What constitutes a good mother?
By the time this column appears in most papers to which it is distributed, Mother’s Day 2017 will have come and gone. Nonetheless, I’m going to talk about mothers—one in particular.
To begin with, assuming one believes his or her mother is worthy of admiration, then said esteem ought to be expressed on a frequent basis and not reserved for the second Monday in May. Also, and with due respect to greeting card companies, said expressions of gratitude are best delivered intimately, as in phone calls, hand-written notes, or, best of all, in person.
With full awareness of the fact that the risk is immense, I’m going to risk attempting an answer to the question “What constitutes a good mother?” I feel I’m qualified to answer the question because I was blessed with a good mother. She was far from perfect, but then so are we all. She was at times irritating, infuriating, and even at times downright weird, but I’m sure I gave her more to complain about than she gave me. Nonetheless, she never complained. Not that she was an enabler, because she was far from that. My upbringing (Mom was single for most of the first seven years of my life) was very libertarian. She gave me lots of freedom while always insisting that I accept full personal responsibility for my actions. She gave me the greatest of freedoms, in fact—that being the freedom to fail. I took her up on that offer often enough in my younger years, by the way. In the process, I’m sure I caused her more than my rightful share of disappointment, but she loved me steadfastly through thick and thin.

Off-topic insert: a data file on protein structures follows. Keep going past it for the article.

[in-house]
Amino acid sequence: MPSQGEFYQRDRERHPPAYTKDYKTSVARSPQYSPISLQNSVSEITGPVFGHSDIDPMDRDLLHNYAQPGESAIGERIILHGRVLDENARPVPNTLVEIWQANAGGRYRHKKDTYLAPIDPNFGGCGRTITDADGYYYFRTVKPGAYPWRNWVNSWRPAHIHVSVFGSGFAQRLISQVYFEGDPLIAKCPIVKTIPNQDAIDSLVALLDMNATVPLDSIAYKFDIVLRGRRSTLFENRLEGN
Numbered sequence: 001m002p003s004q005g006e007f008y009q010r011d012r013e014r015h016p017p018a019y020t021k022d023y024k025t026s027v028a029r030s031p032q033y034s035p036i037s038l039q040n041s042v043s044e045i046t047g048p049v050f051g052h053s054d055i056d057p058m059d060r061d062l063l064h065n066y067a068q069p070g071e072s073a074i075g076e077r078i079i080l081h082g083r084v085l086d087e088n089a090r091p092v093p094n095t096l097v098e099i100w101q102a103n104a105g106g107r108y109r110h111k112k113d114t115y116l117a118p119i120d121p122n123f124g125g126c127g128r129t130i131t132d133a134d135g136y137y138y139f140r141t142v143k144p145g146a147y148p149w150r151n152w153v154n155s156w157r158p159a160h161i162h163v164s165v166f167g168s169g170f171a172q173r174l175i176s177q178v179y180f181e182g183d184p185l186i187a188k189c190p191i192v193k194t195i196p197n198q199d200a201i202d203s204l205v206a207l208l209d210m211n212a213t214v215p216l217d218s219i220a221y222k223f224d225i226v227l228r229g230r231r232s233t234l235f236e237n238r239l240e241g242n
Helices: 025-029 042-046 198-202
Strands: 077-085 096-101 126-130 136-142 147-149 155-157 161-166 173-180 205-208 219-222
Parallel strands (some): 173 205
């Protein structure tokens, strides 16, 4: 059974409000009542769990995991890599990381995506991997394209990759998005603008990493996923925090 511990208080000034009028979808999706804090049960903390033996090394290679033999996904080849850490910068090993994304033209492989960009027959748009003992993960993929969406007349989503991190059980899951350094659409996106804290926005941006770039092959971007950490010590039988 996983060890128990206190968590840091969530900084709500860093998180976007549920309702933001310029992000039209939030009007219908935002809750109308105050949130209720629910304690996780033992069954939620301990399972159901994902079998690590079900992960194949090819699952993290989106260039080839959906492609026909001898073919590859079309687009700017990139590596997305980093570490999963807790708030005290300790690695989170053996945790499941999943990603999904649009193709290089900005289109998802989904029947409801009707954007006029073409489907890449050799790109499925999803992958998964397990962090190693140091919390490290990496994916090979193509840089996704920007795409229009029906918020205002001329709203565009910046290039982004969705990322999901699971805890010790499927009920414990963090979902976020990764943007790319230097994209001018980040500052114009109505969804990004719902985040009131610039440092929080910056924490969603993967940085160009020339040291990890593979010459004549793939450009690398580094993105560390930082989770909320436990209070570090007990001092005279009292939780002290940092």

Mom was fond of telling me that she was giving me a rope long enough to hang myself with, and hang myself I sometimes did, at which point she would tell me I was going to lie in the beds I’d made and stew in my own juices. She also told me I was going to pull my own wagon, a training that led, eventually, to charting my own course in a profession that frowns on members who won’t adhere to the party line (if interested, search John Rosemond Kentucky).
Mom was a feminist before feminism became popular. She chose single motherhood and fought tooth and nail for a doctorate in botany when women were far from welcome in the all-male life-sciences departments of most American universities. In the way she lived her life, she taught me that women are interesting people, or are fully capable of being—a capacity they will fall far short of if their children are the be-all, end-all of their existences, which I was not. Mom did not spare telling me that I was but one of her responsibilities. I was not the whole shebang. All children should be given that gift by their mothers.
She also taught me, by example, that authority resides legitimately in females. I was, I admit, afraid of her. Mind you, she never yelled or spanked. She just radiated a complete confidence in the authority she held over my life. She was the personification of Because I Said So. She was not highly involved with me. Rather, it was my job to keep her from getting involved.
I could go on and on about her affection, her marvelous sense of humor, her endless reservoir of knowledge, and the time and patience she gave to training my intellect (yet she rarely helped me with homework…back to that pulling my own wagon thing).
I’ll close by simply saying that my mother—Emily Webb of Charleston, SC—was a good mom; or, certainly good enough. Every kid deserves a mother that good. If your mom was good enough, make sure you tell her so more than one day a year.
Family psychologist John Rosemond: johnrosemond.com, parentguru.com.
*About the Author: Rosemond has written nine best-selling parenting books and is one of America's busiest and most popular speakers, known for his sound advice, humor and easy, relaxed, engaging style. In the past few years, John has appeared on numerous national television programs including 20/20, Good Morning America, The View, Bill Maher's Politically Incorrect, Public Eye, The Today Show, CNN, and CBS Later Today.